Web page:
Interestingly, hemodynamic conditions of the gills that benefit branchial gas exchange during warming, such as lamellar recruitment and reduced blood–water diffusion distance also result in greater osmoregulatory challenges, as they also favor diffusion of water and ions. The balance between these processes is known as the osmo-respiratory compromise (Sardella and Brauner, 2007). For example, elevated branchial blood perfusion in response to exercise or warming in FW results in increased influx of water and loss of ions across the gills (Gonzalez and McDonald, 1992; Isaia, 1972; Onukwufor and Wood, 2018), while in SW the same challenges lead to dehydration and elevated plasma ion concentration (Gallaugher et al., 2001; Isaia, 1972; Motais and Isaia, 1972). Thus, to compensate for the exacerbated diffusive loss of water through the gills in SW at elevated temperatures, it could be hypothesized that SW-acclimated fish must increase the rate of intestinal water absorption proportionally more, which would necessitate a proportionally greater increase in GBF in SW compared to FW. Alternatively, failure of SW-acclimated fish to sufficiently elevate GBF with warming could result in disturbed osmotic and ionic blood composition (e.g. high osmolality, hypernatremia), possibly compromising cardiac function. Indeed, such homeostatic imbalances have been shown to impair cardiac contractility in amphibians (Hillman, 1984; Hillman and Withers, 1988), and have been suggested as a possible underlying cause for the reduced swimming performance observed in fish acutely exposed to increased salinity (Brauner et al., 1992; McKenzie et al., 2001). In fact, in a previous study comparing cardiovascular responses to moderate warming from 10 to 16.5°C, Brijs et al. (2017) noted a reduced stroke volume in SW-acclimated rainbow trout (Oncorhynchus mykiss) at the elevated temperature, indicating cardiac impairment, but the mechanism underlying this effect is unknown. In salmonids, the inner spongy myocardium relies solely on luminal venous O2 supply while the outer compact myocardium is also perfused by coronary arteries (Farrell et al., 2012). The partial pressure of venous O2 (PvO2) commonly decreases with warming, which may constrain stroke volume as PvO2 drives the diffusion of O2 into the spongy myocardium (Clark et al., 2008b; Ekström et al., 2016). Another possibility is, therefore, that the reduced cardiac stroke volume observed in SW-acclimated fish during warming (Brijs et al., 2017) is caused by greater reductions in PvO2 in SW, perhaps as a result of increased O2 extraction from the osmoregulating gut tissues at elevated temperatures.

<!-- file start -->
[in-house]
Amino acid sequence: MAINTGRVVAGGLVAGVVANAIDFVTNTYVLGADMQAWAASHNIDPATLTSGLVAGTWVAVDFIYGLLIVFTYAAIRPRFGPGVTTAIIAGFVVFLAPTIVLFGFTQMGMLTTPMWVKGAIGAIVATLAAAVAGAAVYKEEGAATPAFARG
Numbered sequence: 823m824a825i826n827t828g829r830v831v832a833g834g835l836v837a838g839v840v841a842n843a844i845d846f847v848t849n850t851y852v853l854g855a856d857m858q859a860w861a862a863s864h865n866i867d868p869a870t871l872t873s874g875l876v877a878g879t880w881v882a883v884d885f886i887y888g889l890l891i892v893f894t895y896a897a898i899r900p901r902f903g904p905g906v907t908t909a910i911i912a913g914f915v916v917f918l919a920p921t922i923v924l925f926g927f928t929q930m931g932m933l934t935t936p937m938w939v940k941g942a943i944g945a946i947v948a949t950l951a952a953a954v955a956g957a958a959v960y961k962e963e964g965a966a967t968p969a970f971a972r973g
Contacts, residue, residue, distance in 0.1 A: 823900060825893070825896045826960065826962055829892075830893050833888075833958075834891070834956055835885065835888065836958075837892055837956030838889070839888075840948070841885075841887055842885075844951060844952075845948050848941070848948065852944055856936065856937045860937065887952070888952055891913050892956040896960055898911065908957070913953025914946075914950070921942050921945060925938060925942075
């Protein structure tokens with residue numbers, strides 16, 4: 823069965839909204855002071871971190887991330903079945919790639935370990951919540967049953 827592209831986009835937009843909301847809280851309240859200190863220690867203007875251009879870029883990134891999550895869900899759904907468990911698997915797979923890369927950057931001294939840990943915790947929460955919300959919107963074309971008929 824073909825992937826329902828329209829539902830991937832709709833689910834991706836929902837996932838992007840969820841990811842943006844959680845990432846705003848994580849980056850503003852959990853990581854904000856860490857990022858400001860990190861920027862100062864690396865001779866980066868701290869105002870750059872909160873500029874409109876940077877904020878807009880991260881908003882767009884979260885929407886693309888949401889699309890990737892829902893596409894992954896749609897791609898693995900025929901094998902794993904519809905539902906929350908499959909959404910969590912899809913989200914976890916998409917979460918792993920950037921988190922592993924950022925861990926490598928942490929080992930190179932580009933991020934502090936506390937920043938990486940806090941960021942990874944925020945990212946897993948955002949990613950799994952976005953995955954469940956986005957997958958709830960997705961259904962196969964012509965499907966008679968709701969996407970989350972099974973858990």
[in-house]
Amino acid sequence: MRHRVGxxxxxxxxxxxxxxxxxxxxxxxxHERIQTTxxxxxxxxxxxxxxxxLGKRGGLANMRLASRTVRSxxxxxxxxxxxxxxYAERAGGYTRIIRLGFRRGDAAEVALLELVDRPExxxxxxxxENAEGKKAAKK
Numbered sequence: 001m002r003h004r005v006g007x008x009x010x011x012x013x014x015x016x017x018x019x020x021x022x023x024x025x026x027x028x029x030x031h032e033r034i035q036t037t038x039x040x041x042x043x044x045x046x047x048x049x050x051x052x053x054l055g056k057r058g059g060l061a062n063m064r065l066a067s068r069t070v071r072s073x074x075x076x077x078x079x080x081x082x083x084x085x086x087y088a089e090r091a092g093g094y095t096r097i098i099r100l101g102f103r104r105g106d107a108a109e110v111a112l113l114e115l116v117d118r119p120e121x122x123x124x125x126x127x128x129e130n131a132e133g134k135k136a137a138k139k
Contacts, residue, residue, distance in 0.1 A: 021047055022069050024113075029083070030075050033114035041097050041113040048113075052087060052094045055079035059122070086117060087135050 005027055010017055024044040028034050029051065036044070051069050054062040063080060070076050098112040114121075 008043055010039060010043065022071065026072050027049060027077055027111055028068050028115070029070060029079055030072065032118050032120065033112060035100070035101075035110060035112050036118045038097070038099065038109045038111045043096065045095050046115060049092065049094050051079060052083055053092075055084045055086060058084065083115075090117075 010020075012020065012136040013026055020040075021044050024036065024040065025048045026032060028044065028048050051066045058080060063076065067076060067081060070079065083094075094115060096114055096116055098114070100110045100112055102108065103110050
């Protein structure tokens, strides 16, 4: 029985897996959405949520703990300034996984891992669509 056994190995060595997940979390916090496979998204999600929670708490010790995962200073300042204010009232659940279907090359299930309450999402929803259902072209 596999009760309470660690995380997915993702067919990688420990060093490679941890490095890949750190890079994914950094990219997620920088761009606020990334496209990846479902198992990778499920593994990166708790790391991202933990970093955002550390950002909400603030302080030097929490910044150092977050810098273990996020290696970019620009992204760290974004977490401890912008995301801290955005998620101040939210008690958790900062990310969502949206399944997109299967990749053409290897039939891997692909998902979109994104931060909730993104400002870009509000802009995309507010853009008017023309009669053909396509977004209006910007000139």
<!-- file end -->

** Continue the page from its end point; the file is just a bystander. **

Despite its crucial role for osmoregulation, the effect of warming on GBF dynamics in fish acclimated to different salinities has not been analyzed. Furthermore, it is currently unknown how GBF dynamics relates to blood osmotic homeostasis across acclimation salinities during warming. To test this, we recorded cardiac output, blood pressures and gastrointestinal blood flow, along with sequential blood sampling to determine hemoglobin concentration as a measure of blood O2-carrying capacity, as well as plasma ion composition and osmolality, during a standardized acute warming protocol (11 to 17°C) in FW- and SW-acclimated rainbow trout. We specifically hypothesized that SW-acclimated trout would exhibit greater increases in GBF during warming to counter an increased osmotic loss of body water and to sustain an elevated metabolic demand of the gut in SW. Furthermore, by measuring PvO2 and plasma ion composition across salinities and temperatures, we tested the hypotheses that decreased PvO2 or disturbed plasma osmotic homeostasis could explain previously observed reductions in cardiac contractility during warming in SW-acclimated trout (Brijs et al., 2017).
MATERIALS AND METHODS
Fish and holding conditions
Rainbow trout (Oncorhynchus mykiss Walbaum 1792) of mixed sex were obtained from a commercial fish farm (EM-Lax AB, Västervik, Sweden) and acclimated in FW for at least 2 weeks. Subsequently, half of the fish were transferred to SW (salinity 32±2 ppt, [K+]: 9.6 mmol l−1, [Na+]: 521 mmol l−1, [Cl−]: 469 mmol l−1; source of the sea salt: Aquaforest, Brzesko, Poland) and allowed to acclimate for a minimum of 4 weeks prior to the experiments. FW- and SW-acclimated fish were maintained at ∼11°C under a 12 h:12 h light:dark photoperiod in 2000 l tanks supplied with recirculating aerated water. The fish were fed 7 mm pellets (Protec Trout pellets, Skretting, Stavanger, Norway) twice weekly until the start of the experiments, and were fasted for 1 week prior to the start of experiments. The study was covered by ethical permit 165-2015, approved by the regional ethical committee in Gothenburg.
Surgery and instrumentation
The study consisted of two experimental series using two differently instrumented groups of fish that were subjected to the same experimental protocol (see below for details). In the first experiment, perivascular flow probes were used to measure GBF and cardiac output, and to determine heart rate and stroke volume. In the second experiment, fish were cannulated to measure dorsal aortic (Pa), central venous blood pressures (Pv) and heart rate, along with blood sampling at regular intervals to determine hematocrit, hemoglobin concentration, PaO2 (partial pressure of arterial O2), PvO2, blood ion composition and osmolality.